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Your Beer Fortune

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Lagunitas Brewing Company, 1550 Northwest 49th Street, Ballard, Seattle, Washington

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Reuben’s Brews, 5010 14th Avenue Northwest, Ballard, Seattle, Washington

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Bad Jimmy's Brewing Company, 4358 Leary Way Northwest, Ballard, Seattle, Washington

In September, while I was visiting Southern California, I spent three days in my former home of Seattle, exploring new breweries and pubs with my Oakland friend Rick. We spent one of our evenings walking through the neighbourhood of Ballard with my old friend Adam.

Located on the north side of Seattle’s Lake Washington Ship Canal, Ballard was originally inhabited by the native Shilshole people. In the mid-19th century the non-natives arrived, mostly the Norwegians and Swedes who helped to develop the fishing and timber industry. By the turn of the 20th century Ballard had the impressive distinction of being known as the Shingle Capital of the World, and by 1907 the city of Seattle had annexed the area. Ten years later the Hiram M Chittenden Locks opened on the canal, and the locks are still popular with tourists who come to watch salmon jump up the fish ladders. (Fortunately any adventure tourists who wish to join in the ladder-jumping fun are heavily discouraged from visiting.)

These days Ballard hosts several Nordic-inspired festivals, and in recent years it's become a desirable place for buying property, despite the fact that in Old English the word Ballard means "big nuts" or "bald head". Nevertheless, the positive property market may explain why so many breweries and brewpubs have sprung up.

As Rick and I were staying in neighbouring Fremont, we had intended to walk to Ballard to meet Adam but were running late for our rendezvous. So we jumped on the 40 bus, debarked once we reached 15th Avenue Northwest, and walked past two breweries as well as a large building called, intriguingly, the Dirt Exchange. Reaching what seemed to be the end of the world we spotted the Lagunitas Brewing Company.

The original Lagunitas Brewery opened in 1993 in Forest Knolls, California, and quickly moved up the road to Petaluma. This was back when I lived in Seattle, but I knew of their beers from my frequent visits to California. At some later point a brewery in Chicago was opened. And just a few years ago, when I was over from the UK visiting the Bay Area, Rick and I drove up to Petaluma to visit the brewery. So I was looking forward to experiencing the Seattle Lagunitas, especially as for years I had been trying to get Adam and Rick to meet because I thought they would get along well. But every time Rick visited me in Seattle, Adam always seemed to be out of town. After awhile Adam became convinced that this "Mistah Rick" was just a figment of my imagination, and Rick didn’t really feel confident that Adam actually existed, either.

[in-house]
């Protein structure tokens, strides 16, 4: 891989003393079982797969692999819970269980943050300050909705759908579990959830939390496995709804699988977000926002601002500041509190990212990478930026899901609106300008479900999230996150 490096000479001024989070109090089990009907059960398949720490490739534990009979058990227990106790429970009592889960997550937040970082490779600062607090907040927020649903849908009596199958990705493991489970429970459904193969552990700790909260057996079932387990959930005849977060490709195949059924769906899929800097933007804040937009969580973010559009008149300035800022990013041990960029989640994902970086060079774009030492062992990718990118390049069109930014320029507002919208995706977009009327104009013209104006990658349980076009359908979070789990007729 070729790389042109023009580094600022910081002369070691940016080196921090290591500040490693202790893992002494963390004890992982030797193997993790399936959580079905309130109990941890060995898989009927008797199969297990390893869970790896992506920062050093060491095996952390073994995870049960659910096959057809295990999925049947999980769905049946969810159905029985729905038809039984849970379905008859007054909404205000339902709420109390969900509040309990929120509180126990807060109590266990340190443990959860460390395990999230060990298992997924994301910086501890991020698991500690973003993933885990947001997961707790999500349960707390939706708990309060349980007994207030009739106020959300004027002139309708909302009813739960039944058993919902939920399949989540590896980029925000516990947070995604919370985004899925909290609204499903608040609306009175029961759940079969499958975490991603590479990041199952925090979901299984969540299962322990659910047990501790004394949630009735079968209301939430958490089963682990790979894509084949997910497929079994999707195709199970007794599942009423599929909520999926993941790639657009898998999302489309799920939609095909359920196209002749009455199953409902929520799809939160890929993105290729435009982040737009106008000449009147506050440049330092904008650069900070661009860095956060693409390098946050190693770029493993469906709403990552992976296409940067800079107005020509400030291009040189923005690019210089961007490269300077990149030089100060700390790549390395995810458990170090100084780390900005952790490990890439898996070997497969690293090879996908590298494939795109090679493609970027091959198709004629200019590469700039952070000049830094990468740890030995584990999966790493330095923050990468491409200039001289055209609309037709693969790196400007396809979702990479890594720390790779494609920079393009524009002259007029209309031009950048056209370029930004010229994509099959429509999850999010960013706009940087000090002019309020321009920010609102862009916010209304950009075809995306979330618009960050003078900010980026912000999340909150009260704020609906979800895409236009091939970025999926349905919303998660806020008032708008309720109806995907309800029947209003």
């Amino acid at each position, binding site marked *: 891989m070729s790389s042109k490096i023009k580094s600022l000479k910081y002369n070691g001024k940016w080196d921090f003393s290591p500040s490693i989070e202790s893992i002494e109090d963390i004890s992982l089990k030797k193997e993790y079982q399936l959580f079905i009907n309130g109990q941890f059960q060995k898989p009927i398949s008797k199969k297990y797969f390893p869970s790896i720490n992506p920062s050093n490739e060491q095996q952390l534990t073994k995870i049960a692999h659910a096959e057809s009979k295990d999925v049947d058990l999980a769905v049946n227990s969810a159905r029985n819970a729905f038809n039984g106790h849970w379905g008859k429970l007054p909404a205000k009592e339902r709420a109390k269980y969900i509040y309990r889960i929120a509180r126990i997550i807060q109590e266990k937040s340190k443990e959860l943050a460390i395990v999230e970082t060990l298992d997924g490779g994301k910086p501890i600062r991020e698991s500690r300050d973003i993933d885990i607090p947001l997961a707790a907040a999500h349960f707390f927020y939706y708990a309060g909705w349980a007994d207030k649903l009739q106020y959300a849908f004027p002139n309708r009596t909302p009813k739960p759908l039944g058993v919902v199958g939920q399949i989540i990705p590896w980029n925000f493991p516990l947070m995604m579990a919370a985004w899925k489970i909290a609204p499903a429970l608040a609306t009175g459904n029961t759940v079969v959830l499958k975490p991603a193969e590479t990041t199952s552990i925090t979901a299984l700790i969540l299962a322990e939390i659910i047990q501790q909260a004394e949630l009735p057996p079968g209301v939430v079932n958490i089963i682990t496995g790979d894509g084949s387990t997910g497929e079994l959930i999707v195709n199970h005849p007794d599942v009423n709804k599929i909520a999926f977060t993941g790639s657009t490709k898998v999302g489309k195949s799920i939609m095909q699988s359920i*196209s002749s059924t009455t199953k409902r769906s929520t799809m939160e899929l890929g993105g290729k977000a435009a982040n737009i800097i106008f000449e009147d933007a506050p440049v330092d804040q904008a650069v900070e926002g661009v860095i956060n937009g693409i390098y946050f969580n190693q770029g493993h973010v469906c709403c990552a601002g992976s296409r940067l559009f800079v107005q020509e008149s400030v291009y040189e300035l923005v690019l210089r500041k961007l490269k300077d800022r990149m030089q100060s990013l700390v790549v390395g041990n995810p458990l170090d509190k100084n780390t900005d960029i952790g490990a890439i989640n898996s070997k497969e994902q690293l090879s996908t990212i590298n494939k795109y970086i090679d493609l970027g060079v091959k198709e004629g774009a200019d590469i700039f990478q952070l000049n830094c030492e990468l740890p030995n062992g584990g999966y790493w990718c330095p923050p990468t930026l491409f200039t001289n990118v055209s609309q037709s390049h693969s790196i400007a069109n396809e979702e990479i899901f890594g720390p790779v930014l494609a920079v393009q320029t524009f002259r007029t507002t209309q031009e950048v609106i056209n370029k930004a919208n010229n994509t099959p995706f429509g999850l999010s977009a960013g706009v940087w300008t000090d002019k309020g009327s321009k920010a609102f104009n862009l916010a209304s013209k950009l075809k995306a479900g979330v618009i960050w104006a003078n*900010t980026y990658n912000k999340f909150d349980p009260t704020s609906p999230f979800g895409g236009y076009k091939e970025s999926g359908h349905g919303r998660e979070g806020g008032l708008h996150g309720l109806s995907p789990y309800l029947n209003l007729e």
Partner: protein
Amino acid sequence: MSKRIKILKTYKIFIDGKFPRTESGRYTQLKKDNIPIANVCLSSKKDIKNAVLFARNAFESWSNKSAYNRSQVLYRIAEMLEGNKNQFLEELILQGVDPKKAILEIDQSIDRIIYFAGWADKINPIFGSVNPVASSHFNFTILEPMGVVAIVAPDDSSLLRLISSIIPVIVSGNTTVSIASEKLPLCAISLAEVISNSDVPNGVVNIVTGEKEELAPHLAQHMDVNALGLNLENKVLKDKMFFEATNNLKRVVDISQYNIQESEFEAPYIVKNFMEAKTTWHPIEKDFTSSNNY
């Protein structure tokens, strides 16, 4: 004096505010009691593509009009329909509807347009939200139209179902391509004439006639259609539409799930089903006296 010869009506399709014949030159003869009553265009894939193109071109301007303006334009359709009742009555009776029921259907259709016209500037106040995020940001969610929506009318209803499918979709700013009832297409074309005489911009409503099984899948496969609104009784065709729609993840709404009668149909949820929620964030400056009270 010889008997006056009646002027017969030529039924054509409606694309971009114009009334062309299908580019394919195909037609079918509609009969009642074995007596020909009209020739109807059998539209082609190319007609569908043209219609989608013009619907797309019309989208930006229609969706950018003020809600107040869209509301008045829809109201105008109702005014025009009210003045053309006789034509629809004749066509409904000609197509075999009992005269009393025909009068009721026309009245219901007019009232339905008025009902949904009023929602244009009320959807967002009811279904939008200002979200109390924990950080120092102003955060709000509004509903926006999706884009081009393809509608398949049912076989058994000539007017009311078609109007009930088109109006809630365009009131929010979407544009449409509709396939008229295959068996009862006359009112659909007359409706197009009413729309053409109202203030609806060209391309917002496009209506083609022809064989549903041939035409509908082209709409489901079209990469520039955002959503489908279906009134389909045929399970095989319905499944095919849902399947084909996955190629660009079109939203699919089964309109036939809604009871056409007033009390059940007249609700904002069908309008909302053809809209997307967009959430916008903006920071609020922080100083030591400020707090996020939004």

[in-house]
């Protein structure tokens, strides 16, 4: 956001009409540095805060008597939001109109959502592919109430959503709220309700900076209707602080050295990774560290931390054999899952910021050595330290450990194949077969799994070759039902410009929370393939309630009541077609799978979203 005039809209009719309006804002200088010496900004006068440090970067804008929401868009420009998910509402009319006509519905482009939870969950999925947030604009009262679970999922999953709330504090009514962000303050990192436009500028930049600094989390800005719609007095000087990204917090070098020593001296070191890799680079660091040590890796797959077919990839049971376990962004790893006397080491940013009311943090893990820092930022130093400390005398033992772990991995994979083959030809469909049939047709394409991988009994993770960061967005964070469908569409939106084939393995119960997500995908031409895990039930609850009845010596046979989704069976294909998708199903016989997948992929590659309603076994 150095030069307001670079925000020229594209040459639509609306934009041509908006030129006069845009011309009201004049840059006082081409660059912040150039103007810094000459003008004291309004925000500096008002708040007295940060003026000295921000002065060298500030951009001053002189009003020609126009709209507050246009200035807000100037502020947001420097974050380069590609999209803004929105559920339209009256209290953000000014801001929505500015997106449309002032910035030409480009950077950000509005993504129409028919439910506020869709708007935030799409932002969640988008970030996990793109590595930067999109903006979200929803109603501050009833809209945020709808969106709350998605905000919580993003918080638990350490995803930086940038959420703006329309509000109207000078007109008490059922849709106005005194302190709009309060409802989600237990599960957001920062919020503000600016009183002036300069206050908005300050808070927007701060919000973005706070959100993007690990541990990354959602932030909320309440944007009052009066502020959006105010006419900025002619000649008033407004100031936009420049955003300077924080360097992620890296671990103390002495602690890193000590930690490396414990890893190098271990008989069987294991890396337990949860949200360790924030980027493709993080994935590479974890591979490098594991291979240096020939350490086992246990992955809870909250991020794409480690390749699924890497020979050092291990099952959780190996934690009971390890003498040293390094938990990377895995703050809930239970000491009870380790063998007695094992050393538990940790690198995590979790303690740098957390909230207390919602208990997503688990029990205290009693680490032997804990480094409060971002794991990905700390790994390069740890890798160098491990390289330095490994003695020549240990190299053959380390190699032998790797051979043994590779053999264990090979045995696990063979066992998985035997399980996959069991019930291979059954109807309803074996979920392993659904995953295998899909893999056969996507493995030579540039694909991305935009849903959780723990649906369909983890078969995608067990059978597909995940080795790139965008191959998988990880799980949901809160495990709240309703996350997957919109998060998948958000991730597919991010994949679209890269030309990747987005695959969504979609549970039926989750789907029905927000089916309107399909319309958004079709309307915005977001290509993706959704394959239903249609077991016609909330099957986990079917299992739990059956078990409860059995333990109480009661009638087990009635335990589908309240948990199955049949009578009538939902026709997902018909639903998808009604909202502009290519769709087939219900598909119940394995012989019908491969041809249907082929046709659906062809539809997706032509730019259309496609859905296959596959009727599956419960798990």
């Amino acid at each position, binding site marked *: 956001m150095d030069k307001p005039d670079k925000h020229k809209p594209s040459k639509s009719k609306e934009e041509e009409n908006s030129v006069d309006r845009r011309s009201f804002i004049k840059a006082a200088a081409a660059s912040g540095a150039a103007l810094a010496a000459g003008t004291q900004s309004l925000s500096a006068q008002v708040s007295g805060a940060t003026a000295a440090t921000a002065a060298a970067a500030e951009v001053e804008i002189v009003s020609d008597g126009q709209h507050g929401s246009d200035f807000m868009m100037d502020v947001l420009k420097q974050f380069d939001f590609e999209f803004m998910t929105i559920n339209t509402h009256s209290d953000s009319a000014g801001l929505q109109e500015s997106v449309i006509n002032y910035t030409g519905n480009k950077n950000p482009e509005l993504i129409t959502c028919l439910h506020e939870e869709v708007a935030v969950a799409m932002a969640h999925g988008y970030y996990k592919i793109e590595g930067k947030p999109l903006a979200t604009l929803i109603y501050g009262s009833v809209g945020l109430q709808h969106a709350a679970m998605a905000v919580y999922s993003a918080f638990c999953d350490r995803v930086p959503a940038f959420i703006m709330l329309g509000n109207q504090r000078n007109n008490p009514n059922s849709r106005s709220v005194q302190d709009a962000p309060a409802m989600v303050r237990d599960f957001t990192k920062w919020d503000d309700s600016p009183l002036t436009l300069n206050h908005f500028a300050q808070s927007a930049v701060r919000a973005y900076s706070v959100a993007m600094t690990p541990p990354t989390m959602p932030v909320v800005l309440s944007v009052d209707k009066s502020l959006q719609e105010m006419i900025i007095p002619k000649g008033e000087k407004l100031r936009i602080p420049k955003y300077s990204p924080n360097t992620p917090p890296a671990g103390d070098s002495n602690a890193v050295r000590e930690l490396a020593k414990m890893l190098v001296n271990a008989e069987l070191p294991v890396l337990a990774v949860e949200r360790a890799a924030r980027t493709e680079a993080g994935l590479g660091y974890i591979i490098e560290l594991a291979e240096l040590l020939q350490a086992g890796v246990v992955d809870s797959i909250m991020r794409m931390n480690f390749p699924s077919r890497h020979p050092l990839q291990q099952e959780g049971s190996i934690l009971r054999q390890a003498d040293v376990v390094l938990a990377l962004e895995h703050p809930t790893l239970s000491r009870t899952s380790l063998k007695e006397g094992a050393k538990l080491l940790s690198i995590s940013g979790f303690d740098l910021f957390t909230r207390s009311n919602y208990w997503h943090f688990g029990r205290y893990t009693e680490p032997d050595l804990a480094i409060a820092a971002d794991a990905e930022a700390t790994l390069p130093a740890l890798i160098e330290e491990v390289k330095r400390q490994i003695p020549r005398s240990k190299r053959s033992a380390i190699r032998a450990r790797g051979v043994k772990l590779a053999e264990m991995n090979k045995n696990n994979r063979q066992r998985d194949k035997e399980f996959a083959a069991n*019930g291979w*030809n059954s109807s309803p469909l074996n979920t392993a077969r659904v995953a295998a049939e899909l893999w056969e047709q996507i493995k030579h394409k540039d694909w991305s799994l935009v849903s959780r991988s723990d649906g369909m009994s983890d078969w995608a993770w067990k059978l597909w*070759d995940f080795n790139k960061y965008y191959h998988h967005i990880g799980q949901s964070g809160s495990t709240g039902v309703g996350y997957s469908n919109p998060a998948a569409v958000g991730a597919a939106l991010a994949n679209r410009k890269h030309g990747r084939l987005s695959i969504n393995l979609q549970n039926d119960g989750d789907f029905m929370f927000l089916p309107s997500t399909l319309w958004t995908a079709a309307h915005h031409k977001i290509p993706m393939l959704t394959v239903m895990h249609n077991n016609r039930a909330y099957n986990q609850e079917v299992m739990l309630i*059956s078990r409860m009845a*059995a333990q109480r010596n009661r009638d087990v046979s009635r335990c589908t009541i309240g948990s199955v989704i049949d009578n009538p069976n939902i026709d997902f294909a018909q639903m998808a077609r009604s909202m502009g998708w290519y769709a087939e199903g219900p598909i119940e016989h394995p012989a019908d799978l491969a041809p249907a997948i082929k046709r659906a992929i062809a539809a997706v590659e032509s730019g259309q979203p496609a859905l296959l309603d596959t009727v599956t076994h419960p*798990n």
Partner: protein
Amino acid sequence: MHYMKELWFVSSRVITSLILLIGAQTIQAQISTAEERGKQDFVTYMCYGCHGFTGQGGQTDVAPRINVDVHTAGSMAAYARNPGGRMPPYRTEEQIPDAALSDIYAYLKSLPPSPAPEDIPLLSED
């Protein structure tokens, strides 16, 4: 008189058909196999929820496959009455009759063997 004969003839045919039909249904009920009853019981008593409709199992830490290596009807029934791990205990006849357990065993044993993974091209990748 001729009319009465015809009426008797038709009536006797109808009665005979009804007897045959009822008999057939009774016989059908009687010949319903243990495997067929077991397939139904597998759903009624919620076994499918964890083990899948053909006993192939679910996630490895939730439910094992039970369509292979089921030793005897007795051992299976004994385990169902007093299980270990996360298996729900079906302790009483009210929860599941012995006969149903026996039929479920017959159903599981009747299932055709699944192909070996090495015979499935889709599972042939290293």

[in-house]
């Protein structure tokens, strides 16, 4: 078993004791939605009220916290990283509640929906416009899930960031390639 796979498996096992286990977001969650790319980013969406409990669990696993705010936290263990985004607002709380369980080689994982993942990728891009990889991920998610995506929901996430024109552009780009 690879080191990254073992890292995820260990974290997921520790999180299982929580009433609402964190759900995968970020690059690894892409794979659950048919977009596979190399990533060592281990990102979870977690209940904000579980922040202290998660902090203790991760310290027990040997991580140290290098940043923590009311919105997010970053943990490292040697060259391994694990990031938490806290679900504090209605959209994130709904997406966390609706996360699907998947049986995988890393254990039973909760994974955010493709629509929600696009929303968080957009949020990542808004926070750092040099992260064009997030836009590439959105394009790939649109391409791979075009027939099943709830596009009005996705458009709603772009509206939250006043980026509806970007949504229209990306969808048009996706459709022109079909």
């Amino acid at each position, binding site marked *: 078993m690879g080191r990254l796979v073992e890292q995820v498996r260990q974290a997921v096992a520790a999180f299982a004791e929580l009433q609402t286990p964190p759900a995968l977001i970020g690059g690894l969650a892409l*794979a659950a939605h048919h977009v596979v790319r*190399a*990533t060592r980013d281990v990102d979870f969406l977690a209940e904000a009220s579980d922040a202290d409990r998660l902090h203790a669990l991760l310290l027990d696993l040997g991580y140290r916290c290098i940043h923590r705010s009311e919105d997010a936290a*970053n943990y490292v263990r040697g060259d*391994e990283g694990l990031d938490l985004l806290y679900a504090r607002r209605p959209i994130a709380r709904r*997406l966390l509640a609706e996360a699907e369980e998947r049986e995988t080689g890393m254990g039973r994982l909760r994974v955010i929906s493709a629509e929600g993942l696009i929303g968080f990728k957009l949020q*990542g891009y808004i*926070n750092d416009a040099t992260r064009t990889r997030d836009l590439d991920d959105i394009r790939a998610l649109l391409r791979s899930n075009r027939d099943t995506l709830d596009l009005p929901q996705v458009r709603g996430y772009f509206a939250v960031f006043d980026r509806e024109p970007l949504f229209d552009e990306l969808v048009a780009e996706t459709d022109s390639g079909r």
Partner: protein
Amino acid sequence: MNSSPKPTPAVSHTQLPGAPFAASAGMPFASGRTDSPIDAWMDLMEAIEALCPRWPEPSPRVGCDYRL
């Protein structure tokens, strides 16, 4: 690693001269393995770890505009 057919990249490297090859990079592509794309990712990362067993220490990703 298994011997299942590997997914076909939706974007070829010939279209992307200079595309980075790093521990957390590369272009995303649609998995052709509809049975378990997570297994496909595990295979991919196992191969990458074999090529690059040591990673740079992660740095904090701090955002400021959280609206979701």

When Rick and I walked into the pub, Adam spotted me and came over to greet us. I introduced him to Rick, they shook hands, and the universe did not explode. Yes, they both do exist, and at the same time in the same space as well. I doubt I’ll rate a Nobel Prize in Physics for this proof, but it did make me feel quite satisfied.

We joined Adam where he was sitting at the other side of the large rectangle of a bar. I had a pint of Shilshole Bay IPA (6.9% ABV), brewed with Yakima Valley hops. It was pleasant in a sort of calm and mellow Pacific Northwest way. Rick went for a pint of Idaho 7 SMASH (6.0% ABV), brewed with Idaho 7 hops. It was a bit too sweet for me, but that could have just been the slightly strong malt character. Adam had a pint of Sour Bramble (5.2% ABV), a tart kettle sour brewed with blackberries. This one I really liked and wished I'd ordered myself.

Besides beers Lagunitas offers snacks, sandwiches, and burgers, and some very nostalgic American desserts like ice cream sandwiches and stout floats. The Seattle Lagunitas opened in the former HIlliard’s Beer in 2017, followed soon after by another Lagunitas in Azusa, California. Today Lagunitas brews are available in several countries including the UK. In fact, my own local pub in Sheffield has a craft beer pump featuring Lagunitas ales.

After a stop at Adam’s bicycle, where he unpacked a jacket for evening, we walked down the road to Reuben’s Brews. This brewery, which opened in 2012, was named after the first child of the co-founders, Adam and Grace Robbings. As we walked into the inviting taproom and up to the corner bar,r I was drawn immediately to the Fresh Hop Crickey IPA (6.8% ABV), so I had to order a pint of this. It was really good, with again that intriguing combination of citrus and pine. In fact it was really really good. It just got better as I drank it. By the time I got halfway through I had run out of reallys and gone straight to wonderfuls. It's really wonderful.